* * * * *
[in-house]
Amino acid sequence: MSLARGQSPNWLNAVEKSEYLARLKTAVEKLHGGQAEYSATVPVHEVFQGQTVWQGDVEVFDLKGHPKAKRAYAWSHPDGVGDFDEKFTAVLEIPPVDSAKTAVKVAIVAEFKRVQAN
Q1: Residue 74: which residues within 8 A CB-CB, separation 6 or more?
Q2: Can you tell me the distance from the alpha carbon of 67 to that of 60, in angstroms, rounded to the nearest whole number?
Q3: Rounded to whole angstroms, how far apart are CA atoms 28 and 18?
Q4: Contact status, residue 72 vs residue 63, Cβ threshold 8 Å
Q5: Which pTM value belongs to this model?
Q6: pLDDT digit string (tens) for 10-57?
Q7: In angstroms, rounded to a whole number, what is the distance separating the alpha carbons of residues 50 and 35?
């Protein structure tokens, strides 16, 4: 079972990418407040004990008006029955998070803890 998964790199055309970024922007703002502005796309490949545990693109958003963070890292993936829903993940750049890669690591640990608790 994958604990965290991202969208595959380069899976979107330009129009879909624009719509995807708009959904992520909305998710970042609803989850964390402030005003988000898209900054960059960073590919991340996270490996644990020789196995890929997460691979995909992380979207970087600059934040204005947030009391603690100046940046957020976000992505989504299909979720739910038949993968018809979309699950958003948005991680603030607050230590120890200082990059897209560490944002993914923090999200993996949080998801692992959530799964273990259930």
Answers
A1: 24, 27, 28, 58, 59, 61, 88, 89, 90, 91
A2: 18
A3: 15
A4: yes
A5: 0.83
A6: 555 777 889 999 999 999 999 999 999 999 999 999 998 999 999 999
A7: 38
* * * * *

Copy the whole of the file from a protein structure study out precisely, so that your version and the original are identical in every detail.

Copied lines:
[in-house]
Amino acid sequence: MSLARGQSPNWLNAVEKSEYLARLKTAVEKLHGGQAEYSATVPVHEVFQGQTVWQGDVEVFDLKGHPKAKRAYAWSHPDGVGDFDEKFTAVLEIPPVDSAKTAVKVAIVAEFKRVQAN
Q1: Residue 74: which residues within 8 A CB-CB, separation 6 or more?
Q2: Can you tell me the distance from the alpha carbon of 67 to that of 60, in angstroms, rounded to the nearest whole number?
Q3: Rounded to whole angstroms, how far apart are CA atoms 28 and 18?
Q4: Contact status, residue 72 vs residue 63, Cβ threshold 8 Å
Q5: Which pTM value belongs to this model?
Q6: pLDDT digit string (tens) for 10-57?
Q7: In angstroms, rounded to a whole number, what is the distance separating the alpha carbons of residues 50 and 35?
């Protein structure tokens, strides 16, 4: 079972990418407040004990008006029955998070803890 998964790199055309970024922007703002502005796309490949545990693109958003963070890292993936829903993940750049890669690591640990608790 994958604990965290991202969208595959380069899976979107330009129009879909624009719509995807708009959904992520909305998710970042609803989850964390402030005003988000898209900054960059960073590919991340996270490996644990020789196995890929997460691979995909992380979207970087600059934040204005947030009391603690100046940046957020976000992505989504299909979720739910038949993968018809979309699950958003948005991680603030607050230590120890200082990059897209560490944002993914923090999200993996949080998801692992959530799964273990259930």
Answers
A1: 24, 27, 28, 58, 59, 61, 88, 89, 90, 91
A2: 18
A3: 15
A4: yes
A5: 0.83
A6: 555 777 889 999 999 999 999 999 999 999 999 999 998 999 999 999
A7: 38